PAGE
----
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Generally speaking, a life insurance policy is considered separate from your estate as long as you’ve named a beneficiary. This is true even if you’ve accounted for your life insurance payout in your will.

If you don’t name a beneficiary to your life insurance policy, or your only named beneficiary dies and there is no backup beneficiary, then your life insurance payout can get rolled up with the rest of your estate for probate purposes.

If nothing else, the one thing anyone with a life insurance policy on themselves should be sure to do is to name one or more primary beneficiaries and consider backup beneficiaries to inherit the payout if the primary beneficiaries are unable to do so. This strategy can increase the odds of a life insurance policy avoiding the probate process.

Why Should Life Insurance Avoid Probate?

Most people want their life insurance payouts to avoid probate because it means that their loved ones can benefit from as much of the full payout as possible.

Probate is the legal process of proving someone’s will and administering their estate after they die. This process is overseen by the court, so there are various applicable costs that can whittle away at the estate’s total value.

Because a life insurance payout doesn’t have to go through probate, its value doesn’t have to get diminished by court fees or attorney’s fees.

What Happens to a Life Insurance Payout If There’s No Surviving Beneficiary?

If none of your designated beneficiaries are alive or able to inherit your payout, what happens next depends on your state’s laws and your insurance company’s policies.

We mentioned previously that your payout can become part of your probate estate, but that’s not the only possible outcome. Another result can be that the payout will directly pass on to your living legal heirs, who may be those you named in your will. If you didn’t have a will or it was invalidated, then your legal heirs are designated according to your state’s intestacy laws.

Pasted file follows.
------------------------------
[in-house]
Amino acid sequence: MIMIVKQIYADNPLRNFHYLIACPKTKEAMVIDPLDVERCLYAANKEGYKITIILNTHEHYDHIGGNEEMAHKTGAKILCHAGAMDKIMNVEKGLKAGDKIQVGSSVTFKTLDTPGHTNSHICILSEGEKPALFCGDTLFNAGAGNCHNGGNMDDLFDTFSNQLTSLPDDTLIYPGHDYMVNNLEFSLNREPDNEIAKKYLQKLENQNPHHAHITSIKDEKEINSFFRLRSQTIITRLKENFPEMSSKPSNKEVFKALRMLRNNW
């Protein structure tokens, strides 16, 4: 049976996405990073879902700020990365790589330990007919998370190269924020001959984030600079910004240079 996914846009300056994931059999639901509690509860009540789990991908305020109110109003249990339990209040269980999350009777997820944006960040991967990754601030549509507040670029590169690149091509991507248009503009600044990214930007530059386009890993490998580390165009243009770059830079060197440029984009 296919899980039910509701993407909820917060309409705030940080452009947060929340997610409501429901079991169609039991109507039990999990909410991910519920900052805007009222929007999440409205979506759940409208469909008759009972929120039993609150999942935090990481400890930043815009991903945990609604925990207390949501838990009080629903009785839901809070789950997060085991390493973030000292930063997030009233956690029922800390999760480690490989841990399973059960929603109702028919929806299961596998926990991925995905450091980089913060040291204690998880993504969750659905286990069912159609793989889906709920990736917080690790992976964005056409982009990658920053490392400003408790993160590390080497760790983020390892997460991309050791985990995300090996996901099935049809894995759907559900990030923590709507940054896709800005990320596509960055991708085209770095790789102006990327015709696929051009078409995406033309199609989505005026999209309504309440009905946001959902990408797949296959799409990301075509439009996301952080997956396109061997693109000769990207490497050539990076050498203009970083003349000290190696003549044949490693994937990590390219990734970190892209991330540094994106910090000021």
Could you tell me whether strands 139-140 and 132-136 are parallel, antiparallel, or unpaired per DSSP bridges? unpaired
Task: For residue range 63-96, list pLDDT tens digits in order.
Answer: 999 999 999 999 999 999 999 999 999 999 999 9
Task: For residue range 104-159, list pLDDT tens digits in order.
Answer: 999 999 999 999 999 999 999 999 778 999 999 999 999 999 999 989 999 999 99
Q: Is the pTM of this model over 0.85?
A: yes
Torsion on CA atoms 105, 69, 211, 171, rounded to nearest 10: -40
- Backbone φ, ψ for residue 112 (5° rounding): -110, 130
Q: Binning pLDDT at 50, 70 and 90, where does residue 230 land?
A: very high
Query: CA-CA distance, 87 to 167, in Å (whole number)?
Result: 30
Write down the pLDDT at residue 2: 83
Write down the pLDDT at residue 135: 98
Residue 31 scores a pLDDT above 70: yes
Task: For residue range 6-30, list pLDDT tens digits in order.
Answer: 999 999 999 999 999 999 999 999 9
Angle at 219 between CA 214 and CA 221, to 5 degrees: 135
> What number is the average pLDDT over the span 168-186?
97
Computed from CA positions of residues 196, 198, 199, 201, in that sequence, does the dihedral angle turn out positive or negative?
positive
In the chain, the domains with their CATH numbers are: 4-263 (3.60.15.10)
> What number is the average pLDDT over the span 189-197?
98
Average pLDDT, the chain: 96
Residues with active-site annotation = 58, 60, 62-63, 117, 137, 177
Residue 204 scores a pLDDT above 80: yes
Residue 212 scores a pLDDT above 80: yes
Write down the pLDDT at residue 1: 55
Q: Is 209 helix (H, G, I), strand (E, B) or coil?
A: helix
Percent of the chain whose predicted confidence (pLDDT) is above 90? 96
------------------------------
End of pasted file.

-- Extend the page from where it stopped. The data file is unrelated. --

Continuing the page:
What Happens If the Insured Party & Policy Holder Are Different People?

If you own a life insurance policy on someone else, you should assign a successor owner to your policy. You may be able to do this through the insurance company or with your estate plan. Either way, without taking this scenario into account, there can be a lot of hard questions about what to do with an active life insurance policy if the owner is dead, but the insured person is still alive.

For example, suppose a parent takes a life insurance policy on a child who has since reached adulthood. If the parent expects to die before their child, they can assign a successor owner – such as the child’s sibling or another relative – to inherit the policy. Depending upon the specifics of the policy, it may even be possible to give it to the insured child, who can cash it out or designate a new beneficiary and maintain the policy.

In any case where ownership of a life insurance policy changes hands due to the original owner’s death, the successor owner must continue to pay the premium. If they do not, the policy cancels.

Have Other Questions About Life Insurance? We Have Answers.

If you are shopping for the right insurance policy for you and your family, we at Insurance Specialists, Inc. can help you find one that works. We can also walk you through the whole process so that you can be sure that your payout goes directly to the beneficiaries who need it the most without passing through probate.

Learn more about how Insurance Specialists, Inc. can help by contacting us online!